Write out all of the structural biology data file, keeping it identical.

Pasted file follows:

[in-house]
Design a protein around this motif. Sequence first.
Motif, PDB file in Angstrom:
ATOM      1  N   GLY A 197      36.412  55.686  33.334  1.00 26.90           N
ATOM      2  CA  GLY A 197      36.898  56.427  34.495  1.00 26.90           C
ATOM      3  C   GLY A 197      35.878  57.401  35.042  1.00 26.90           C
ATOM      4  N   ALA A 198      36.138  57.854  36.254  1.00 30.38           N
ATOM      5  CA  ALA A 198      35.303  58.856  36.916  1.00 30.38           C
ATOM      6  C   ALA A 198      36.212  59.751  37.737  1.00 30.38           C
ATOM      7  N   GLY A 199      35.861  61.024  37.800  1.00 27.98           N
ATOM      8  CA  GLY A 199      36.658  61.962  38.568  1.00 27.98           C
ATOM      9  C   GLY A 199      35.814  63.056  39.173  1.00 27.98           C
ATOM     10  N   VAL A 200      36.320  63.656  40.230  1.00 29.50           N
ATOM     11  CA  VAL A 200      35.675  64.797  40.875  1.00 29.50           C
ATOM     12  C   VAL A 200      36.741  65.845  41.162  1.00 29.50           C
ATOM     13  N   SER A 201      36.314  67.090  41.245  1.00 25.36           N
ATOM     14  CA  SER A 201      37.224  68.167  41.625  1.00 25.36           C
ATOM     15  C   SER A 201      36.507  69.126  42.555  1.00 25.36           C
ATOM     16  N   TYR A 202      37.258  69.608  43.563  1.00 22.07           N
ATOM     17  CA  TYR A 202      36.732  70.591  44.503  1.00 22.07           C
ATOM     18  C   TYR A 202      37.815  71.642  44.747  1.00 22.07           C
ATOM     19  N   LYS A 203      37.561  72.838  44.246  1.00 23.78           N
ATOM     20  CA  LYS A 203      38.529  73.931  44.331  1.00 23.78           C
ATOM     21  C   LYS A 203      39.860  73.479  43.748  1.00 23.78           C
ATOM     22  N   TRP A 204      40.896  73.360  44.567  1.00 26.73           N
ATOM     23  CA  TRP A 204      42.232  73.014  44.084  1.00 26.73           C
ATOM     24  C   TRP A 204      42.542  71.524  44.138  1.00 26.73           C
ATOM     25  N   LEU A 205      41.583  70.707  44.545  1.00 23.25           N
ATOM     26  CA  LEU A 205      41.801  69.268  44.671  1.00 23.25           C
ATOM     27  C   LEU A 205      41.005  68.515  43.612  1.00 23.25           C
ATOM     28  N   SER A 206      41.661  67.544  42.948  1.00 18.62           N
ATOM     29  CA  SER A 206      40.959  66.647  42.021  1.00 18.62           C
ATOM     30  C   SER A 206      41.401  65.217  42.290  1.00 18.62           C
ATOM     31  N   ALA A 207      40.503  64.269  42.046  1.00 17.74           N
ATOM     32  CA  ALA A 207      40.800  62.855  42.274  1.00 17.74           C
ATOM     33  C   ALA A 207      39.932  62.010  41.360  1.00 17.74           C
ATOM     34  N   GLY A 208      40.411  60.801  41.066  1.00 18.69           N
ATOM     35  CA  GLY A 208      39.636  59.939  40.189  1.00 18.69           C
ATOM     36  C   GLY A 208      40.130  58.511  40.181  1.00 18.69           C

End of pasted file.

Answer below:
[in-house]
Design a protein around this motif. Sequence first.
Motif, PDB file in Angstrom:
ATOM      1  N   GLY A 197      36.412  55.686  33.334  1.00 26.90           N
ATOM      2  CA  GLY A 197      36.898  56.427  34.495  1.00 26.90           C
ATOM      3  C   GLY A 197      35.878  57.401  35.042  1.00 26.90           C
ATOM      4  N   ALA A 198      36.138  57.854  36.254  1.00 30.38           N
ATOM      5  CA  ALA A 198      35.303  58.856  36.916  1.00 30.38           C
ATOM      6  C   ALA A 198      36.212  59.751  37.737  1.00 30.38           C
ATOM      7  N   GLY A 199      35.861  61.024  37.800  1.00 27.98           N
ATOM      8  CA  GLY A 199      36.658  61.962  38.568  1.00 27.98           C
ATOM      9  C   GLY A 199      35.814  63.056  39.173  1.00 27.98           C
ATOM     10  N   VAL A 200      36.320  63.656  40.230  1.00 29.50           N
ATOM     11  CA  VAL A 200      35.675  64.797  40.875  1.00 29.50           C
ATOM     12  C   VAL A 200      36.741  65.845  41.162  1.00 29.50           C
ATOM     13  N   SER A 201      36.314  67.090  41.245  1.00 25.36           N
ATOM     14  CA  SER A 201      37.224  68.167  41.625  1.00 25.36           C
ATOM     15  C   SER A 201      36.507  69.126  42.555  1.00 25.36           C
ATOM     16  N   TYR A 202      37.258  69.608  43.563  1.00 22.07           N
ATOM     17  CA  TYR A 202      36.732  70.591  44.503  1.00 22.07           C
ATOM     18  C   TYR A 202      37.815  71.642  44.747  1.00 22.07           C
ATOM     19  N   LYS A 203      37.561  72.838  44.246  1.00 23.78           N
ATOM     20  CA  LYS A 203      38.529  73.931  44.331  1.00 23.78           C
ATOM     21  C   LYS A 203      39.860  73.479  43.748  1.00 23.78           C
ATOM     22  N   TRP A 204      40.896  73.360  44.567  1.00 26.73           N
ATOM     23  CA  TRP A 204      42.232  73.014  44.084  1.00 26.73           C
ATOM     24  C   TRP A 204      42.542  71.524  44.138  1.00 26.73           C
ATOM     25  N   LEU A 205      41.583  70.707  44.545  1.00 23.25           N
ATOM     26  CA  LEU A 205      41.801  69.268  44.671  1.00 23.25           C
ATOM     27  C   LEU A 205      41.005  68.515  43.612  1.00 23.25           C
ATOM     28  N   SER A 206      41.661  67.544  42.948  1.00 18.62           N
ATOM     29  CA  SER A 206      40.959  66.647  42.021  1.00 18.62           C
ATOM     30  C   SER A 206      41.401  65.217  42.290  1.00 18.62           C
ATOM     31  N   ALA A 207      40.503  64.269  42.046  1.00 17.74           N
ATOM     32  CA  ALA A 207      40.800  62.855  42.274  1.00 17.74           C
ATOM     33  C   ALA A 207      39.932  62.010  41.360  1.00 17.74           C
ATOM     34  N   GLY A 208      40.411  60.801  41.066  1.00 18.69           N
ATOM     35  CA  GLY A 208      39.636  59.939  40.189  1.00 18.69           C
ATOM     36  C   GLY A 208      40.130  58.511  40.181  1.00 18.69           C